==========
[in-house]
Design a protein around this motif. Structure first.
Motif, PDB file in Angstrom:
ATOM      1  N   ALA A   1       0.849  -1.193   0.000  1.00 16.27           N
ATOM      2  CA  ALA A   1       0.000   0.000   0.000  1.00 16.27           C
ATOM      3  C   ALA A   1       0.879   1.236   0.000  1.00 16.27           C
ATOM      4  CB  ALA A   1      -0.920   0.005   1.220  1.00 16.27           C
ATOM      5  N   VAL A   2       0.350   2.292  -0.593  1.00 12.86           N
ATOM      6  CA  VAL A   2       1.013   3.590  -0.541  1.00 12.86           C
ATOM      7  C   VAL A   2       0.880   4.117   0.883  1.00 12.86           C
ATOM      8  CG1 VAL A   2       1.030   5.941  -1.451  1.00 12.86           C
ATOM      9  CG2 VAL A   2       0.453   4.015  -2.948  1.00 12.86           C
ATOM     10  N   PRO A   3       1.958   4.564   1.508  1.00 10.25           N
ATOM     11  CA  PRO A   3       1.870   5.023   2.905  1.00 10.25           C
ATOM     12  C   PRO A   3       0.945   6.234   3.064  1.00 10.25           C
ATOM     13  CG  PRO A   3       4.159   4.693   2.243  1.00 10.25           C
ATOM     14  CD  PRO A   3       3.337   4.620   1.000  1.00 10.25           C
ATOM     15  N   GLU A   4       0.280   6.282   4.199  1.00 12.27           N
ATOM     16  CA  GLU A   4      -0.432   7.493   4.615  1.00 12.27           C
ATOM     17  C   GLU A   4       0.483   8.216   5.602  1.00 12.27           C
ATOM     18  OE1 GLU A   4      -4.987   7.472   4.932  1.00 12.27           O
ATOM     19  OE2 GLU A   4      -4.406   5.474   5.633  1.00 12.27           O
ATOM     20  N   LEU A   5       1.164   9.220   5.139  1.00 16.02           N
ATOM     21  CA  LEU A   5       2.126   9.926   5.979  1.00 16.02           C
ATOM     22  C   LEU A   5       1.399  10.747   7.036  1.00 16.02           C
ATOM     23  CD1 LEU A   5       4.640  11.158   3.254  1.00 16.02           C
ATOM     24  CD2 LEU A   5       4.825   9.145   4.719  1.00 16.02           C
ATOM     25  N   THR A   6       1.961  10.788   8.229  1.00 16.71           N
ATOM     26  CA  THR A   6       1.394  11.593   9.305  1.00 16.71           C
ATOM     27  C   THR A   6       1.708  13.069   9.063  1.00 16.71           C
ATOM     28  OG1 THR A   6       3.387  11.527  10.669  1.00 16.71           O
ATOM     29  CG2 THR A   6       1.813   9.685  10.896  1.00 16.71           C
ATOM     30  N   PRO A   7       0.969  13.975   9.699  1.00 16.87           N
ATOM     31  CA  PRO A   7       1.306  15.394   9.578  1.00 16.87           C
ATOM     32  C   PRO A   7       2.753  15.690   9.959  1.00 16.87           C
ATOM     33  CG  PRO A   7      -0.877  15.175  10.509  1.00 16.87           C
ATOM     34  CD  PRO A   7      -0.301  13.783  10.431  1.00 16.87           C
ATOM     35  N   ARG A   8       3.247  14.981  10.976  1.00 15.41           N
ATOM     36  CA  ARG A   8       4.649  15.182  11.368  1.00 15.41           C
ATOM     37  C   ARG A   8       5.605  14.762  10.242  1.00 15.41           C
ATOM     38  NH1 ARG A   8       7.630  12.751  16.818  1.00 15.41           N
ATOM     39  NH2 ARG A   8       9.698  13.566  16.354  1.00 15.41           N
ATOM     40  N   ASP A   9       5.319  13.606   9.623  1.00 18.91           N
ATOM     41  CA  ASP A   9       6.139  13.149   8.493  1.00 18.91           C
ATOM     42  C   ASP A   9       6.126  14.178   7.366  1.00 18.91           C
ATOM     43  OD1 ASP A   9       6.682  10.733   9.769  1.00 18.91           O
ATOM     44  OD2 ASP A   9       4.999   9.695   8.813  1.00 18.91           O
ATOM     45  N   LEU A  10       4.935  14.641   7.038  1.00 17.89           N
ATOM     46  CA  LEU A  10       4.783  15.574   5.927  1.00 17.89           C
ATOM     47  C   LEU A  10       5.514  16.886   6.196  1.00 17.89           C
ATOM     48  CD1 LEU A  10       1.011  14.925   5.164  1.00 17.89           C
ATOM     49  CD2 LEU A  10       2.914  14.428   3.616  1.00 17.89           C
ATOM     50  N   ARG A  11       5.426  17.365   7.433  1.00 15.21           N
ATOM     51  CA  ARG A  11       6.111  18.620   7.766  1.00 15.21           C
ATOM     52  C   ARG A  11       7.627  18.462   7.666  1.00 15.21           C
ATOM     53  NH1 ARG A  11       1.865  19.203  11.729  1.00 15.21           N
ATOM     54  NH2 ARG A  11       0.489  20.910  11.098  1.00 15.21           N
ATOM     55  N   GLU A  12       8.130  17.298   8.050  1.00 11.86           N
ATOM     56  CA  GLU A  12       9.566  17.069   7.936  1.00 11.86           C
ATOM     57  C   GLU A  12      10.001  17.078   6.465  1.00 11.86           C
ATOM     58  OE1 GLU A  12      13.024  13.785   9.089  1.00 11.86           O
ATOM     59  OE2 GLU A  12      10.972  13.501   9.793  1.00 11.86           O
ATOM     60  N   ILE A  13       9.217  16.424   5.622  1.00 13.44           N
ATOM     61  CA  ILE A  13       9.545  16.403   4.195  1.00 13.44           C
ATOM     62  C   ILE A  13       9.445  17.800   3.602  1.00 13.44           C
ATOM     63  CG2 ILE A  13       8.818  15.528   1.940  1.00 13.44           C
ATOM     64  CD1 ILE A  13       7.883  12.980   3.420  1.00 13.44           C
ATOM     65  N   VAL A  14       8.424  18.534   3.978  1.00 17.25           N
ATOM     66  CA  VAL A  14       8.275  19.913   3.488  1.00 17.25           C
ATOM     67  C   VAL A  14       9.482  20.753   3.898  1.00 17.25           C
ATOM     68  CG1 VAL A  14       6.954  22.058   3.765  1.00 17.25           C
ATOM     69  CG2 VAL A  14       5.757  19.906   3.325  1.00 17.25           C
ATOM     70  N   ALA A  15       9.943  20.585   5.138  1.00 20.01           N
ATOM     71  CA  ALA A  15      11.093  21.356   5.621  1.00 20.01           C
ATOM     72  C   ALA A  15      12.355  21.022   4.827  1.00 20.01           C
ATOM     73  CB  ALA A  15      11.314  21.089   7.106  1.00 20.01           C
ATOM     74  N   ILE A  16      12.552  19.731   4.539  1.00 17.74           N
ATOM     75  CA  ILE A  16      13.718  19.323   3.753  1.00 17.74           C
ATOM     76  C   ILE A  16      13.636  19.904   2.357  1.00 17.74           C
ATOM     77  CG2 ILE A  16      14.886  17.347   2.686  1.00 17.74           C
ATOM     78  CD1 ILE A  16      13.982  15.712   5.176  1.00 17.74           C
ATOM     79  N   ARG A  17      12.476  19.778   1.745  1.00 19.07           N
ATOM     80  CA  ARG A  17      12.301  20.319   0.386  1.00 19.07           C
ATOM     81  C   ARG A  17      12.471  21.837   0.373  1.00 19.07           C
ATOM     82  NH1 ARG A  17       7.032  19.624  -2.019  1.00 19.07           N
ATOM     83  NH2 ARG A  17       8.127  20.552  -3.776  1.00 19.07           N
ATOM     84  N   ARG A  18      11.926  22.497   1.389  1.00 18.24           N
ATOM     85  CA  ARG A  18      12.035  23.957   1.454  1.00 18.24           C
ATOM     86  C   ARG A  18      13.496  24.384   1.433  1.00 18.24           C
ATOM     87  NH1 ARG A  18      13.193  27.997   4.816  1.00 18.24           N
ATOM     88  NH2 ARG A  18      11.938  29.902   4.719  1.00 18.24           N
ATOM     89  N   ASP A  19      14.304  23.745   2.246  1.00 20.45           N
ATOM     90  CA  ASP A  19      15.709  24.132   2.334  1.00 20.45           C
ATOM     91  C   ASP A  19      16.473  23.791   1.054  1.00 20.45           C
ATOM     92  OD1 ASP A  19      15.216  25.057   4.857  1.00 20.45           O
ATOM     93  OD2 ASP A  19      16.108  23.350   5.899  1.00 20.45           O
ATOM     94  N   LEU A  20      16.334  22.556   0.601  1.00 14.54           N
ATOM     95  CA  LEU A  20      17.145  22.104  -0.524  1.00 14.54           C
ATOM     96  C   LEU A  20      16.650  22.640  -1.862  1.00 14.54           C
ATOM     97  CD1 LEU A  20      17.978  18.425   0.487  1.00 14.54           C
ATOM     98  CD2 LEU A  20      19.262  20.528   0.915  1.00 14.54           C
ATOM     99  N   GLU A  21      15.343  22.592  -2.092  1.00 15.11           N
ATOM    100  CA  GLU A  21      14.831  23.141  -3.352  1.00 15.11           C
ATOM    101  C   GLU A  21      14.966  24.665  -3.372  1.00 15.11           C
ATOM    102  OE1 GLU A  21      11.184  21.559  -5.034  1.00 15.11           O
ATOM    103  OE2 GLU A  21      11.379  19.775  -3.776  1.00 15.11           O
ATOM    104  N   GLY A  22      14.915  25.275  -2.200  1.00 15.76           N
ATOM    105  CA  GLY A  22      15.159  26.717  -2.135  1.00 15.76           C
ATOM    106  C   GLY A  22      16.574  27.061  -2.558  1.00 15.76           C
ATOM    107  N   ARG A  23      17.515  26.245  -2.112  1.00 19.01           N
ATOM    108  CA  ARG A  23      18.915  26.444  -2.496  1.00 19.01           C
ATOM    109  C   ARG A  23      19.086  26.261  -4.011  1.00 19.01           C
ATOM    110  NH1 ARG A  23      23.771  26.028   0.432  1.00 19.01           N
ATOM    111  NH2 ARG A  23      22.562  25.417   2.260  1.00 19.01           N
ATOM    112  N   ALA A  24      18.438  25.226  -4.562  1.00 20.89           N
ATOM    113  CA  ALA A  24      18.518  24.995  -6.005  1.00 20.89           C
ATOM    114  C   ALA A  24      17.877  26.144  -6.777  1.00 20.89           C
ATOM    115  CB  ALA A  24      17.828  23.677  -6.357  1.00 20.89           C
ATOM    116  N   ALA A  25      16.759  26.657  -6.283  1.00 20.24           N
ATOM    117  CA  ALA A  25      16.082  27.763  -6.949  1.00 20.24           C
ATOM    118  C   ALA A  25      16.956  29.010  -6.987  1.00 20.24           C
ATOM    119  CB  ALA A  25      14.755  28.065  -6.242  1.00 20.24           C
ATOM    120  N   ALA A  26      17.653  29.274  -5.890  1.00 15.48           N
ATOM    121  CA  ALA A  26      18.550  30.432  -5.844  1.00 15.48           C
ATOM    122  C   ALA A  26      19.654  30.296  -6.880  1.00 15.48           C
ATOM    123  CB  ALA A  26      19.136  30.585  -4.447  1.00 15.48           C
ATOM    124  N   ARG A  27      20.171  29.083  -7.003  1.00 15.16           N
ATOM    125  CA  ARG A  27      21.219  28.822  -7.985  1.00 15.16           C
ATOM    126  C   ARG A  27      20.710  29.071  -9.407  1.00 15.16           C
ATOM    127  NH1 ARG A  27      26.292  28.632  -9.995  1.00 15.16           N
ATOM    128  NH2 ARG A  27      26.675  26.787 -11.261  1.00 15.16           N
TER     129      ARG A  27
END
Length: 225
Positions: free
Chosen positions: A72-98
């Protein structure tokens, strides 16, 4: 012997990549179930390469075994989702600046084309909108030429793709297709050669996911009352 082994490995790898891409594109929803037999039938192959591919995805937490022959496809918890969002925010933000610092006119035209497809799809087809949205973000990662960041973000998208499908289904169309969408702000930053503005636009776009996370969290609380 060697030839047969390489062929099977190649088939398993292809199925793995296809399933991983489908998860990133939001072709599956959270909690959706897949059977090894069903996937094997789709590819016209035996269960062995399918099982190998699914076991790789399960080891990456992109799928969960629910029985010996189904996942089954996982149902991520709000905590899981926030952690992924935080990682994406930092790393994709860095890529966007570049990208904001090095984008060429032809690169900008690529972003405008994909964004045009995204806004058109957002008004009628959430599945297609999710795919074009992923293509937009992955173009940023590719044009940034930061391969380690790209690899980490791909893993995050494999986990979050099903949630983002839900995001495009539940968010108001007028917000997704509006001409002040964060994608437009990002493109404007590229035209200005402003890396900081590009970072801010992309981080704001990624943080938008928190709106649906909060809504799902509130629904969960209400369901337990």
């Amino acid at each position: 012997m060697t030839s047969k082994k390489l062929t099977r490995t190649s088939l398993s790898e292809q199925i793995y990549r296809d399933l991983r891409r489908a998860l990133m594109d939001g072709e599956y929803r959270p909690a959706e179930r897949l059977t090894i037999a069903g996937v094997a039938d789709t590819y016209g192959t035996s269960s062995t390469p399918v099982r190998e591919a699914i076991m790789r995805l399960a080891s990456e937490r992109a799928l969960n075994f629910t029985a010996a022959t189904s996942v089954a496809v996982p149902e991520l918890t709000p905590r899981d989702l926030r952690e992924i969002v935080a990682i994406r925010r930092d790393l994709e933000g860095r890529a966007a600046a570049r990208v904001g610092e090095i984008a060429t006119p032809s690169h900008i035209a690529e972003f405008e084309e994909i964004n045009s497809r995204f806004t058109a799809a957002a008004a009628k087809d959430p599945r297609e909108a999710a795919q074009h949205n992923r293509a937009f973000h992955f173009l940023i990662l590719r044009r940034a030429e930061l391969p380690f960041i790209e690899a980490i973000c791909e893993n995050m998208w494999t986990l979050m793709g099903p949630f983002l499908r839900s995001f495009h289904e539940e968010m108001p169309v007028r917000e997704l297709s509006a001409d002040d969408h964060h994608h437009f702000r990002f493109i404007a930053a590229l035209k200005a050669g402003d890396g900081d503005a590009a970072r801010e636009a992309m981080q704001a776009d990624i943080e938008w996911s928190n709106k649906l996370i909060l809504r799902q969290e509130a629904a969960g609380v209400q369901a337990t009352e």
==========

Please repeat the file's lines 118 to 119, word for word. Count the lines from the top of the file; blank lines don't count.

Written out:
ATOM    115  CB  ALA A  24      17.828  23.677  -6.357  1.00 20.89           C
ATOM    116  N   ALA A  25      16.759  26.657  -6.283  1.00 20.24           N